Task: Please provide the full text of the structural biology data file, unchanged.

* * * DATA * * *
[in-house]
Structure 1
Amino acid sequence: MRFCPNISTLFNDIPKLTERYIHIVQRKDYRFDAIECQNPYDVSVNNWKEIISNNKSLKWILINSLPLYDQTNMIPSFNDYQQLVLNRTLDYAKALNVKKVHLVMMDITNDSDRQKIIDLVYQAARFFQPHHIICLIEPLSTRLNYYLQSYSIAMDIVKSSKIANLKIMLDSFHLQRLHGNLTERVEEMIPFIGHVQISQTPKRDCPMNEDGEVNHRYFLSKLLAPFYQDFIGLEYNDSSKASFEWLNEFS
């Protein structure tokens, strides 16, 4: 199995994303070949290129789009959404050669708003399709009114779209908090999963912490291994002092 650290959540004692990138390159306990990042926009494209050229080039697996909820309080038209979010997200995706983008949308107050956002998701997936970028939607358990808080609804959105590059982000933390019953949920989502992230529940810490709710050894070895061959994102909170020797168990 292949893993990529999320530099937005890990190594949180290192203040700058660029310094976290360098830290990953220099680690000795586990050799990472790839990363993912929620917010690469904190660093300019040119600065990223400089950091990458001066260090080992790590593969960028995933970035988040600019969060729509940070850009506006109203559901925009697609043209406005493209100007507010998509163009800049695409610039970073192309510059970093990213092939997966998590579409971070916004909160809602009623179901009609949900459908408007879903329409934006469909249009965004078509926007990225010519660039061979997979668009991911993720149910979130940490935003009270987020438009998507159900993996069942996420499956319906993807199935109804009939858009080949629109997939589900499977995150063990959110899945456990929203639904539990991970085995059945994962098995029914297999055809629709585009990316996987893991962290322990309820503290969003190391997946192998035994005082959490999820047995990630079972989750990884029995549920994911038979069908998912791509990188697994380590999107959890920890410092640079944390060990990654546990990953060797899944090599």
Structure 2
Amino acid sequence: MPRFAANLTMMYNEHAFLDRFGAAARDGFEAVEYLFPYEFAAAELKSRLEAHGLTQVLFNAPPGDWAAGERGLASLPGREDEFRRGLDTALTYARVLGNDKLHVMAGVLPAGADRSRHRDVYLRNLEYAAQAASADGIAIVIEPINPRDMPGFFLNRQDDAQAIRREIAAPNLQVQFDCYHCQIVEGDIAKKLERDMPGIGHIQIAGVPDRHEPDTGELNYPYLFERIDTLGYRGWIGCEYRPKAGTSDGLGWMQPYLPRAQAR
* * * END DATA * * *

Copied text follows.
[in-house]
Structure 1
Amino acid sequence: MRFCPNISTLFNDIPKLTERYIHIVQRKDYRFDAIECQNPYDVSVNNWKEIISNNKSLKWILINSLPLYDQTNMIPSFNDYQQLVLNRTLDYAKALNVKKVHLVMMDITNDSDRQKIIDLVYQAARFFQPHHIICLIEPLSTRLNYYLQSYSIAMDIVKSSKIANLKIMLDSFHLQRLHGNLTERVEEMIPFIGHVQISQTPKRDCPMNEDGEVNHRYFLSKLLAPFYQDFIGLEYNDSSKASFEWLNEFS
């Protein structure tokens, strides 16, 4: 199995994303070949290129789009959404050669708003399709009114779209908090999963912490291994002092 650290959540004692990138390159306990990042926009494209050229080039697996909820309080038209979010997200995706983008949308107050956002998701997936970028939607358990808080609804959105590059982000933390019953949920989502992230529940810490709710050894070895061959994102909170020797168990 292949893993990529999320530099937005890990190594949180290192203040700058660029310094976290360098830290990953220099680690000795586990050799990472790839990363993912929620917010690469904190660093300019040119600065990223400089950091990458001066260090080992790590593969960028995933970035988040600019969060729509940070850009506006109203559901925009697609043209406005493209100007507010998509163009800049695409610039970073192309510059970093990213092939997966998590579409971070916004909160809602009623179901009609949900459908408007879903329409934006469909249009965004078509926007990225010519660039061979997979668009991911993720149910979130940490935003009270987020438009998507159900993996069942996420499956319906993807199935109804009939858009080949629109997939589900499977995150063990959110899945456990929203639904539990991970085995059945994962098995029914297999055809629709585009990316996987893991962290322990309820503290969003190391997946192998035994005082959490999820047995990630079972989750990884029995549920994911038979069908998912791509990188697994380590999107959890920890410092640079944390060990990654546990990953060797899944090599």
Structure 2
Amino acid sequence: MPRFAANLTMMYNEHAFLDRFGAAARDGFEAVEYLFPYEFAAAELKSRLEAHGLTQVLFNAPPGDWAAGERGLASLPGREDEFRRGLDTALTYARVLGNDKLHVMAGVLPAGADRSRHRDVYLRNLEYAAQAASADGIAIVIEPINPRDMPGFFLNRQDDAQAIRREIAAPNLQVQFDCYHCQIVEGDIAKKLERDMPGIGHIQIAGVPDRHEPDTGELNYPYLFERIDTLGYRGWIGCEYRPKAGTSDGLGWMQPYLPRAQAR